•  Decommissioning – Decommissioning measures will need to be to a high standard, fully funded and undertaken at the earliest opportunity.  Some form of security for decommissioning costs should be required in order to manage the operator's exposure to costs, recognise the landowner liability, ensure obligations pass to successors in title and ensure that restoration obligations are fully funded.  Ensuring that operators' decommissioning obligations are met after operations have concluded is likely to be an important issue as more wells are drilled and we understand that DECC are currently considering this. Scottish planning authorities may be expected to be particularly sensitive to this issue given the recent insolvency of the Scottish Resources Group coal mining business (and the consequent abandonment of certain mining operations which require substantial remediation).
  • Review of consents – Local authorities are encouraged to ensure that mineral permissions are reviewed every 15 years to take into account the most up-to-date operating and environmental standards.

Despite these requirements, on the whole the draft planning policy remains supportive of oil and gas operations.  Responses to the Scottish Government’s consultation on the drafting planning policy are currently being analysed and considered. The final version of the policy is expected to be published in June 2014.  A copy of the draft policy is available here.

Water abstraction in Scotland

The Water Resources (Scotland) Act 2013 was enacted earlier this year.  Under Part 2 of that Act consent of the Scottish Government will be required for an abstraction of more than a specified amount of water from surface water or groundwater.  The relevant amount is currently 10 mega litres per day, although this can be varied by the Scottish Government.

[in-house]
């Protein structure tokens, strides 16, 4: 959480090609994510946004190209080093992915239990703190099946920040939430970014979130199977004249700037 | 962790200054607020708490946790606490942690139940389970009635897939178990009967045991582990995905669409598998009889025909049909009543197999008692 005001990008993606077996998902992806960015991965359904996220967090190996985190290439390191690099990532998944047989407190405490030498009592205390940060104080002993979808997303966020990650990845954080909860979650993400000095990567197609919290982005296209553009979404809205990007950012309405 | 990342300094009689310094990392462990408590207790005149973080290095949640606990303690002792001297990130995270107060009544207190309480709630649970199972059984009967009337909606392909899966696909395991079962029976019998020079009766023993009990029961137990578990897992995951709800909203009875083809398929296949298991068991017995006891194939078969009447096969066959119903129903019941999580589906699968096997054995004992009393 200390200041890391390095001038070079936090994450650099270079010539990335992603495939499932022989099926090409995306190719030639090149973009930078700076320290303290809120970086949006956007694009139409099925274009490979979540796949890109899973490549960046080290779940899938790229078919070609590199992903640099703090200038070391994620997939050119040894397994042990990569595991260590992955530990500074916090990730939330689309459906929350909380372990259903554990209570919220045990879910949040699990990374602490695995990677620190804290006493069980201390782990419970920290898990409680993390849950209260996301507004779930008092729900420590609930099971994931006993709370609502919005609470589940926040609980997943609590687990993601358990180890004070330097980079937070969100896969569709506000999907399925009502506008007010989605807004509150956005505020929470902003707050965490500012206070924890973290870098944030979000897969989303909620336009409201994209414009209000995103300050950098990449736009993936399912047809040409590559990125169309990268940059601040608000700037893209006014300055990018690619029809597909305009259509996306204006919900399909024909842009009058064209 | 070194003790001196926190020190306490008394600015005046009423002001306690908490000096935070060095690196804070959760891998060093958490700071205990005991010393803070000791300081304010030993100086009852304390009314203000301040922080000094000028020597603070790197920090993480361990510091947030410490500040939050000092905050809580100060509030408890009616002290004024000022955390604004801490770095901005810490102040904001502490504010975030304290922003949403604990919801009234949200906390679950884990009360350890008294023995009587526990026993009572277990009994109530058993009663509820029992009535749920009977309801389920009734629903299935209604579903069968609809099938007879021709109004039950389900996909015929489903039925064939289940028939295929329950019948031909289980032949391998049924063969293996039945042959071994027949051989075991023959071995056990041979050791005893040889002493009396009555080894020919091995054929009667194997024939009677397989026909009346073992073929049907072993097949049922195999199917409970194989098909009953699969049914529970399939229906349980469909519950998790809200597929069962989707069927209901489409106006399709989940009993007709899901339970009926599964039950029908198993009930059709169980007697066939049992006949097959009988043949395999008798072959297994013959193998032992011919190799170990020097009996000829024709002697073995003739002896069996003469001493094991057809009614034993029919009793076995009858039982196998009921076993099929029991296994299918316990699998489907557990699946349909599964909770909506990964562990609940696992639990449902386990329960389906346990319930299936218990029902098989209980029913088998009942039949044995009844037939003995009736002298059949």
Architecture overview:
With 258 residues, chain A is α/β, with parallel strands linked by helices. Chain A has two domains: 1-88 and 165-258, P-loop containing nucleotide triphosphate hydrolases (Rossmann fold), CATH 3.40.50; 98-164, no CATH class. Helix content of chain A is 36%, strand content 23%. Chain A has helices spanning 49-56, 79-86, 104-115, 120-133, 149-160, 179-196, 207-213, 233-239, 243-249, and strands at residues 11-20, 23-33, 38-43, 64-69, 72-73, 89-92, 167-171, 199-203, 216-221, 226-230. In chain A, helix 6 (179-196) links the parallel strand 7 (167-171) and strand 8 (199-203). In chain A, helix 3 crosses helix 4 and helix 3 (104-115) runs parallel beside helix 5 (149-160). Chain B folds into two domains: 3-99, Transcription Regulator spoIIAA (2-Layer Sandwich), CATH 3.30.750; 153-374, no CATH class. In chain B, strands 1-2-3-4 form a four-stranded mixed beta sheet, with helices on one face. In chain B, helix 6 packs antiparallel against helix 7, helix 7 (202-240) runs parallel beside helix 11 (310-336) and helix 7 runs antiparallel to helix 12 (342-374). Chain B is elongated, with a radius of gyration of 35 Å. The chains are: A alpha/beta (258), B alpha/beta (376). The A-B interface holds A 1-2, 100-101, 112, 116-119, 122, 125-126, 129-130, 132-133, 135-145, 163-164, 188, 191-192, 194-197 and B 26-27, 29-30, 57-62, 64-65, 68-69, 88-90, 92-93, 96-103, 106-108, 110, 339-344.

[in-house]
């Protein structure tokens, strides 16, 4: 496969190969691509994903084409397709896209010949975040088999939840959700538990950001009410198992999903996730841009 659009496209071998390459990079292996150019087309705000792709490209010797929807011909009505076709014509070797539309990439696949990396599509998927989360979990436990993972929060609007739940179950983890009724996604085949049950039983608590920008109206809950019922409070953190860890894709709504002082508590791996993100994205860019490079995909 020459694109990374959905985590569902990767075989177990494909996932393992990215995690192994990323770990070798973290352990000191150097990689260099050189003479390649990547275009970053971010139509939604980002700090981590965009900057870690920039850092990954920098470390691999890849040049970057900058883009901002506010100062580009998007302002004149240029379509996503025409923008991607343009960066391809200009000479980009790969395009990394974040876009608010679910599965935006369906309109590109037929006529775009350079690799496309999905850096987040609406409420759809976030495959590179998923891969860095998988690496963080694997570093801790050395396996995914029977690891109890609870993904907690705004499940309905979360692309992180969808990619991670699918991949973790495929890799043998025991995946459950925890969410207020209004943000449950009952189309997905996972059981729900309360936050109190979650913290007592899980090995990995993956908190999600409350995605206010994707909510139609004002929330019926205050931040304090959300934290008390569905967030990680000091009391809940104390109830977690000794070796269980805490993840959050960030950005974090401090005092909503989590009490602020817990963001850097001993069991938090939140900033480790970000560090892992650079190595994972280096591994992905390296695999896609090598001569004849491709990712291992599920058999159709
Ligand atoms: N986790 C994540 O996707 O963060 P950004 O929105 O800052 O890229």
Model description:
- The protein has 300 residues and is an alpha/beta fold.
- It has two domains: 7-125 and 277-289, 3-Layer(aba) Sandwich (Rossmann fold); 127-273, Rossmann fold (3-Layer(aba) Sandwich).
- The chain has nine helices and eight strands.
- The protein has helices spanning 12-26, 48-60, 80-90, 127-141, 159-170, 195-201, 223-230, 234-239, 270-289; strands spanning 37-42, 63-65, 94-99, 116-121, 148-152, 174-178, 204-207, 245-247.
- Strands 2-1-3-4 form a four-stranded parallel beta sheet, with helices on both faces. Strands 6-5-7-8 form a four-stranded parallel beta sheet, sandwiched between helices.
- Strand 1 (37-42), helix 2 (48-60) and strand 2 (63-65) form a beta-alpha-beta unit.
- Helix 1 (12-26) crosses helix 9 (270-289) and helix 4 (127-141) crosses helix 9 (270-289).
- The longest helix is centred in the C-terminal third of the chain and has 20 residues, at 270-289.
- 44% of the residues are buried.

Part 2 of the Act has not yet been brought into force and there are currently no proposals to bring it into force.  There are transitional provisions under which operations for which a CAR licence is already in place when Part 2 comes into force will not need Scottish Government consent. 

If / when Part 2 of the Act comes into force, a Scottish Government consent may accordingly be required where an operator chooses to source to water for fracturing operations themselves from on-site resources rather than purchase water from a commercial provider.  A consent may also be required for operations which involve the abstraction of groundwater in excess of the relevant amount from wells eg in dewatering for the purposes of coalbed methane extraction.

Any requirement to obtain the consent will be in addition to any requirement to obtain a CAR licence from the Scottish Environmental Protection Agency (SEPA) for any water abstraction (on which please see our June 2013 briefing note).  

A copy of the Water Resources (Scotland) Act 2013 is available here.

MoU with the water industry

On 27 November Water UK (the representative body of the UK water industry) and the UK Onshore Operators Group (the representative body of UK onshore oil and gas operators) entered into a memorandum of understanding (MoU) in relation to the cooperation of their members. 
The MoU sets out the basis upon which operators and water / waste water service providers should cooperate to identify issues and fine solutions to them, including:

  • Baseline monitoring of operations to assess impacts on quality and quantity of local water resources.
  • Operators' plans for exploration and production operations, and the long and short term impacts that this may have on the demand for water resources in the local area.
  • Operators' plans in relation to site water management (including water reuse).
  • The composition and options for disposal / treatment of flowback fluids. 

The water industry is currently conducting research on the treatment of flowback fluids.  It is also pressing the UK Government and the devolved administrations to require consultation with water service providers as part of the planning process for onshore oil and gas activities to ensure that they have an opportunity to engage at an early stage.
Further details on the MoU can be found here.

Author acknowledgement: Mark Slater